A new controversy! Did Trump say “I” or “I’d”?
Thank God because the darn shitholes were getting completely out of control. Three days of round-the-clock coverage of such emotional intensity that I wonder just how many people are victims of anal-stage trauma.
I have no problem with the idea of a canon, and I love Spanish-language literary criticism with its freedom from the empty formulas that so often dominate criticism in English. So I was happy when I was asked to review Pozuelo Yvancos’s Spanish Novel of the 21st Century. It’s a great book, I loved reading it, but what’s really funny is that this critic’s understanding of what constitutes valuable literature is the exact opposite of mine.
Pozuelo Yvancos is an intense admirer of the deeply postmodern (while passionately rejecting the unprestigious label), with its verbal games, the narrators who are not really narrators but characters narrated by narrating narrators who are not narrators but characters, and the attendant precious cuteness. I agree that this kind of writing has the right to exist and that many people love it and good for them. I honestly can’t stand it, though. I like stories about unemployed carpenters who suffer because they can’t afford to care for their demented old dads. Or journalists who are fired from their jobs and can’t pay bills. Or young people who try to make a living from a patchwork of shitty part-time temp jobs. That kind of thing. Is the narrator really telling about the narrated narrative kind of thing, though, is guaranteed to put me to sleep in under 2 minutes.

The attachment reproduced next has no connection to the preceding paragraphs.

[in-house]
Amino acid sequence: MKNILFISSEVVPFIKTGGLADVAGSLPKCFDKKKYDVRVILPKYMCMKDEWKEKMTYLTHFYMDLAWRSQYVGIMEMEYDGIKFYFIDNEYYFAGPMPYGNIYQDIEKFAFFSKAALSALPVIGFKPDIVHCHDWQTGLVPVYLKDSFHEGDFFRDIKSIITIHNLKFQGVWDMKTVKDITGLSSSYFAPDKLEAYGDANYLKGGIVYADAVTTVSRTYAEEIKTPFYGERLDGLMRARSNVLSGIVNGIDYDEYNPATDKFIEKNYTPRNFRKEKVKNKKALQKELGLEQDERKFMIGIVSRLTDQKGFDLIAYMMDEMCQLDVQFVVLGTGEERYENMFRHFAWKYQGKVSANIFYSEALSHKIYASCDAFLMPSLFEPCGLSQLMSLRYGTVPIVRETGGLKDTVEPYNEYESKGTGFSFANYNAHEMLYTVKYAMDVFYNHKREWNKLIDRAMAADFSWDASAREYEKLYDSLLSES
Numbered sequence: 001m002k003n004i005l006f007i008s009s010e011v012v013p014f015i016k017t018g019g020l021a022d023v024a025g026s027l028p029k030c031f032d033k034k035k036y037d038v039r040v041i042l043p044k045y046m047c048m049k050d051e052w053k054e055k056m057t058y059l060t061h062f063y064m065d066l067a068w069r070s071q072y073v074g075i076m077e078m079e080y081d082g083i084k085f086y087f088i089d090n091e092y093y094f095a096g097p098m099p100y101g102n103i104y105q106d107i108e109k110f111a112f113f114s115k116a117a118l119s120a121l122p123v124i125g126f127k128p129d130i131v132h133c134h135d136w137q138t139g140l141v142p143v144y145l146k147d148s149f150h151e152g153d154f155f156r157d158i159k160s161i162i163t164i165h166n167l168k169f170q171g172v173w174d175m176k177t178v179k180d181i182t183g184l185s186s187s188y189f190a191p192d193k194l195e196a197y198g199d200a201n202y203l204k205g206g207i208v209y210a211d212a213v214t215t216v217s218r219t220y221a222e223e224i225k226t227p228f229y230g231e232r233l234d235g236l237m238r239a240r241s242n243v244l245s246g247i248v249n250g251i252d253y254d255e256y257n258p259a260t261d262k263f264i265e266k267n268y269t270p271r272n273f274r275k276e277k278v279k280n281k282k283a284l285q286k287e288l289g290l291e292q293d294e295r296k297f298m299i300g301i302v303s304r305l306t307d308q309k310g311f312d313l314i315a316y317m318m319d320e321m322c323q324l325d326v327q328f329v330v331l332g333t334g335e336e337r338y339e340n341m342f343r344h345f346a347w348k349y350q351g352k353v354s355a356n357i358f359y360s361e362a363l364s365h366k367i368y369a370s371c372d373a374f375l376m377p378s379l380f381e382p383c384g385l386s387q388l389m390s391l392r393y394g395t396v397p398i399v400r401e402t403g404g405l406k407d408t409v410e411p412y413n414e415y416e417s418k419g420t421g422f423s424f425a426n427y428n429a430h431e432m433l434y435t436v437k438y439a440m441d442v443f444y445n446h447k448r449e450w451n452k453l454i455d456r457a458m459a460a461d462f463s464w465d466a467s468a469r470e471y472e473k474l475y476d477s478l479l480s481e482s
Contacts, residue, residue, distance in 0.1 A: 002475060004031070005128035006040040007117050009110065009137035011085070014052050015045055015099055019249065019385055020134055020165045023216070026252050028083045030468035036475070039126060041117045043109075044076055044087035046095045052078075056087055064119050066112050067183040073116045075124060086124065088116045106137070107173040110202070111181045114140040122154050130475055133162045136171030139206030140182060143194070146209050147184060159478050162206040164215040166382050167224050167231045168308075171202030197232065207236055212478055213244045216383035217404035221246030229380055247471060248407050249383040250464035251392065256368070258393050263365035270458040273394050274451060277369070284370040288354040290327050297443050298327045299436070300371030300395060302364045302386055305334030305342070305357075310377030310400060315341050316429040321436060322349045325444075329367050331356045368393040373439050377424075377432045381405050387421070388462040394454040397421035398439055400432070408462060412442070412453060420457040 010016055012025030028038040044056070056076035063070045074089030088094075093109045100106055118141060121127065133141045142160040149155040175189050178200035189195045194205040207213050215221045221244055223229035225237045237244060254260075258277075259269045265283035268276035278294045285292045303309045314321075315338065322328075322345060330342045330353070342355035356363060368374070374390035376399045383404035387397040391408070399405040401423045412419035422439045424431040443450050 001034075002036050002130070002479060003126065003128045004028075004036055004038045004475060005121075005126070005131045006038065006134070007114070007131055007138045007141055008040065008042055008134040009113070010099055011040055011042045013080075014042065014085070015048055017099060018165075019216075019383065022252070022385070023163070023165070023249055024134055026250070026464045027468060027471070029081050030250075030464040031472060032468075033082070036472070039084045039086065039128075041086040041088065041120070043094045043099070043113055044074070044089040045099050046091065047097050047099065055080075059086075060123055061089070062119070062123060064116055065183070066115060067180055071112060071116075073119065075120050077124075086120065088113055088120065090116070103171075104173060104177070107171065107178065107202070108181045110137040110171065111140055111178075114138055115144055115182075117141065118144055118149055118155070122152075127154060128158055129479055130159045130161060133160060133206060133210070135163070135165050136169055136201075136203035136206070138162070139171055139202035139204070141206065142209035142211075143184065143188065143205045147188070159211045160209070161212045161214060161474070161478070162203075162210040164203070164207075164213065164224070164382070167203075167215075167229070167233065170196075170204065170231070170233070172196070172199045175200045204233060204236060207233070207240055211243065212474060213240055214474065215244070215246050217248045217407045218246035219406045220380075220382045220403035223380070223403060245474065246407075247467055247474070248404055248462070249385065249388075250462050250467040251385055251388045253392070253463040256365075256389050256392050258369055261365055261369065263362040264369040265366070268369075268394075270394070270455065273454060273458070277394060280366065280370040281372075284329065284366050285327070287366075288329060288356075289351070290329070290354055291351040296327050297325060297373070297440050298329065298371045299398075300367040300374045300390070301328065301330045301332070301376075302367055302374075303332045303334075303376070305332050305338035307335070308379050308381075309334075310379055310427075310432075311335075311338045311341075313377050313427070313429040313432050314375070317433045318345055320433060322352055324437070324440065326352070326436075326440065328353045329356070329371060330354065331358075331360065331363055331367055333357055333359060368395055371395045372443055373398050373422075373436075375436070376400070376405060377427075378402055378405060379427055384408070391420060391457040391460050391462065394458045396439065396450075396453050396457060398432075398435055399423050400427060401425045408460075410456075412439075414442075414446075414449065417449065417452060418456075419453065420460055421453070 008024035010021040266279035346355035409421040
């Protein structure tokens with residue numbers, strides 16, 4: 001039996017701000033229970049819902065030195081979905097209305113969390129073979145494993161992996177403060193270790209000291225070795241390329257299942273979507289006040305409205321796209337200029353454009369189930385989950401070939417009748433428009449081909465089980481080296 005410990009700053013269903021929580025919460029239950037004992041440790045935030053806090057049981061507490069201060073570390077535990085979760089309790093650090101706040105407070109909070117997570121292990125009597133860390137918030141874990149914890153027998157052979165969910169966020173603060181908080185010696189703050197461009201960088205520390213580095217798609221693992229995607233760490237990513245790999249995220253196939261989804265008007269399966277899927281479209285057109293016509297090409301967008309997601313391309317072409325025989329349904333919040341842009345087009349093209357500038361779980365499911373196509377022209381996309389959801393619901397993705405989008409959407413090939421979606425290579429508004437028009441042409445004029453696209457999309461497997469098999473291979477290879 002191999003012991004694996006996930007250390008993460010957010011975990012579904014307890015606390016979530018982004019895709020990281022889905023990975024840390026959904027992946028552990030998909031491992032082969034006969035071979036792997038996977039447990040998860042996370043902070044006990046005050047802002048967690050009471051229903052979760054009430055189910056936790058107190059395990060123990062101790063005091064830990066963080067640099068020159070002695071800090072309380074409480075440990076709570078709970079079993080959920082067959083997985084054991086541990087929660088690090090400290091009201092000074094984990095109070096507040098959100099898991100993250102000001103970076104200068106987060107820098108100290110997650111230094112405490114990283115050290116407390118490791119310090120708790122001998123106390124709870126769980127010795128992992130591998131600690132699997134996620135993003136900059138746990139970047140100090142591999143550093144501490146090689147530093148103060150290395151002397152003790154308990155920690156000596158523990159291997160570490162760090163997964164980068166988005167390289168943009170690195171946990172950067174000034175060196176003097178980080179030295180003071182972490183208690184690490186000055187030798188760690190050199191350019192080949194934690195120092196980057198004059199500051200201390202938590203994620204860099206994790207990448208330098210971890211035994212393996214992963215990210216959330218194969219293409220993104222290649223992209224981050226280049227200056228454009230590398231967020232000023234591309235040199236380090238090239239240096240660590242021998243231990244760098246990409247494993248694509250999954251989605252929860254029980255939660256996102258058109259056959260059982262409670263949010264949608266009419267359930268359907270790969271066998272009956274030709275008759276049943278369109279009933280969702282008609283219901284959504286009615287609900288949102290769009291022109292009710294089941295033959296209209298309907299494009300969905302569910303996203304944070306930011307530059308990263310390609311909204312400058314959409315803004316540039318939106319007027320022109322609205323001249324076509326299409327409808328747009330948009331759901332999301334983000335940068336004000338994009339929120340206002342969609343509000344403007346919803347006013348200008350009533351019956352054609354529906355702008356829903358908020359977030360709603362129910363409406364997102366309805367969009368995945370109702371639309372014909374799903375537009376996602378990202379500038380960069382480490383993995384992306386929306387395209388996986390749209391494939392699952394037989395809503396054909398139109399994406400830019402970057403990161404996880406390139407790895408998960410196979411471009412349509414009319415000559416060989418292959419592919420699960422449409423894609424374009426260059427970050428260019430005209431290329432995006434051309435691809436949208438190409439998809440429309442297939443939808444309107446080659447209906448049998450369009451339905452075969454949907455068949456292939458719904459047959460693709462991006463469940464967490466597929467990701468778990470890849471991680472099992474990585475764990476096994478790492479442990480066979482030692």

Of course, it’s a testimony to Pozuelo Yvancos’s gift as a literary critic that a 400-page book about the kind of literature I don’t read held my attention from start to finish. Great book by a talented author.
Klara started asking me where that “Clear-eh” person everybody mentions is. I’m trying to explain but I’m not very successful at this point.
And by the way, she already knows how to pronounce our quite complicated last name. She also knows “America”, “Montreal” and “Spain,” for obvious reasons, plus “Indian restaurant” and “Japanese dress.” And N is trying (and failing) to teach her “Putin” because he thinks it will be funny. I don’t see the humor, and apparently Klara doesn’t either.
The quality of reporting at the NYTIMES is irredeemably poor. I’m trying to read an article about Tonya Harding but it goes on and on in the following vein:
Ms. Harding swiped on her lipstick perfectly without a mirror: one coat of Wet n Wild 523B (Light Berry Frost) covered by a layer of Wet n Wild 530D (Dark Pink Frost). She laced up her tiny Harlick skate boots that she had painted pantyhose beige, which were attached to gold-plated MK Vantage blades, and put stirrups over her leggings and beneath the blades so that her lines would look longer and she would look taller.
What is this, product placement? And the whole article is like that. Lipstick, nail polish, pantyhose, brand names, and no substance whatsoever. I understand that the journalist feels justifiably disgusted by this vacuous, vapid narcissist. But why not let readers draw their own conclusions and not bathe them in your contempt for the subject so aggressively?
Just discovered there is a tradition called “freezer meal parties” that women practice before giving birth. They get together with friends – often in a large commercial kitchen – and prepare a bunch of meals that can be frozen and then eaten while the woman recovers from giving birth. The idea is beautiful and absolutely genius. And I had no idea this existed until now.